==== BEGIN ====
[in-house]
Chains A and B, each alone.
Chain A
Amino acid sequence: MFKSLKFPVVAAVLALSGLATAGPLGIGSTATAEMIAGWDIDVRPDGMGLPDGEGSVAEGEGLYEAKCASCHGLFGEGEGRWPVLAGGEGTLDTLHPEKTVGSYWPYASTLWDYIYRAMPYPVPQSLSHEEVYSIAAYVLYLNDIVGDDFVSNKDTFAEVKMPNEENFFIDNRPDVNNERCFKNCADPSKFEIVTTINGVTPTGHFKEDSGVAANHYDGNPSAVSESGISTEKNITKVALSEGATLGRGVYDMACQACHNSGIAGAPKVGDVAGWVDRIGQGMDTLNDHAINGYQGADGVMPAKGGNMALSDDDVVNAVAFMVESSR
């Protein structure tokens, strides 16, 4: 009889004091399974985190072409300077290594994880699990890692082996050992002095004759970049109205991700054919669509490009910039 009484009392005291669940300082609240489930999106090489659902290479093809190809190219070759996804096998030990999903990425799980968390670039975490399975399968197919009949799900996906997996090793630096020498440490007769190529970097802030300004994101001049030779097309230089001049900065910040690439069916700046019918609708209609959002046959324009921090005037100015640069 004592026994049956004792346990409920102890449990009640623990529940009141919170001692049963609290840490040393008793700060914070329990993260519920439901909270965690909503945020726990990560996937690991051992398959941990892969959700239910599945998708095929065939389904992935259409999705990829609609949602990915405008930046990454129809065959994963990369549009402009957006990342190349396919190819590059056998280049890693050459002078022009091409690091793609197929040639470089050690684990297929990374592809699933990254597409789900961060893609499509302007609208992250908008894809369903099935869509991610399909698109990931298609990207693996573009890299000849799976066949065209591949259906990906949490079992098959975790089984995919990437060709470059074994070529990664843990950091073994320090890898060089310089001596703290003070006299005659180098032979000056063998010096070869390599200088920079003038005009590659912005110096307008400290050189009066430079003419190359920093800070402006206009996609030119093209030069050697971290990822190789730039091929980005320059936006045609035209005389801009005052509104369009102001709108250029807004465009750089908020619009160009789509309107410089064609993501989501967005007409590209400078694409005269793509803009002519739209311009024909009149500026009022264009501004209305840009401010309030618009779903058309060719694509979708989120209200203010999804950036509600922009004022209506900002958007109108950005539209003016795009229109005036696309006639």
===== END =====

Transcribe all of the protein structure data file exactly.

[in-house]
Chains A and B, each alone.
Chain A
Amino acid sequence: MFKSLKFPVVAAVLALSGLATAGPLGIGSTATAEMIAGWDIDVRPDGMGLPDGEGSVAEGEGLYEAKCASCHGLFGEGEGRWPVLAGGEGTLDTLHPEKTVGSYWPYASTLWDYIYRAMPYPVPQSLSHEEVYSIAAYVLYLNDIVGDDFVSNKDTFAEVKMPNEENFFIDNRPDVNNERCFKNCADPSKFEIVTTINGVTPTGHFKEDSGVAANHYDGNPSAVSESGISTEKNITKVALSEGATLGRGVYDMACQACHNSGIAGAPKVGDVAGWVDRIGQGMDTLNDHAINGYQGADGVMPAKGGNMALSDDDVVNAVAFMVESSR
């Protein structure tokens, strides 16, 4: 009889004091399974985190072409300077290594994880699990890692082996050992002095004759970049109205991700054919669509490009910039 009484009392005291669940300082609240489930999106090489659902290479093809190809190219070759996804096998030990999903990425799980968390670039975490399975399968197919009949799900996906997996090793630096020498440490007769190529970097802030300004994101001049030779097309230089001049900065910040690439069916700046019918609708209609959002046959324009921090005037100015640069 004592026994049956004792346990409920102890449990009640623990529940009141919170001692049963609290840490040393008793700060914070329990993260519920439901909270965690909503945020726990990560996937690991051992398959941990892969959700239910599945998708095929065939389904992935259409999705990829609609949602990915405008930046990454129809065959994963990369549009402009957006990342190349396919190819590059056998280049890693050459002078022009091409690091793609197929040639470089050690684990297929990374592809699933990254597409789900961060893609499509302007609208992250908008894809369903099935869509991610399909698109990931298609990207693996573009890299000849799976066949065209591949259906990906949490079992098959975790089984995919990437060709470059074994070529990664843990950091073994320090890898060089310089001596703290003070006299005659180098032979000056063998010096070869390599200088920079003038005009590659912005110096307008400290050189009066430079003419190359920093800070402006206009996609030119093209030069050697971290990822190789730039091929980005320059936006045609035209005389801009005052509104369009102001709108250029807004465009750089908020619009160009789509309107410089064609993501989501967005007409590209400078694409005269793509803009002519739209311009024909009149500026009022264009501004209305840009401010309030618009779903058309060719694509979708989120209200203010999804950036509600922009004022209506900002958007109108950005539209003016795009229109005036696309006639």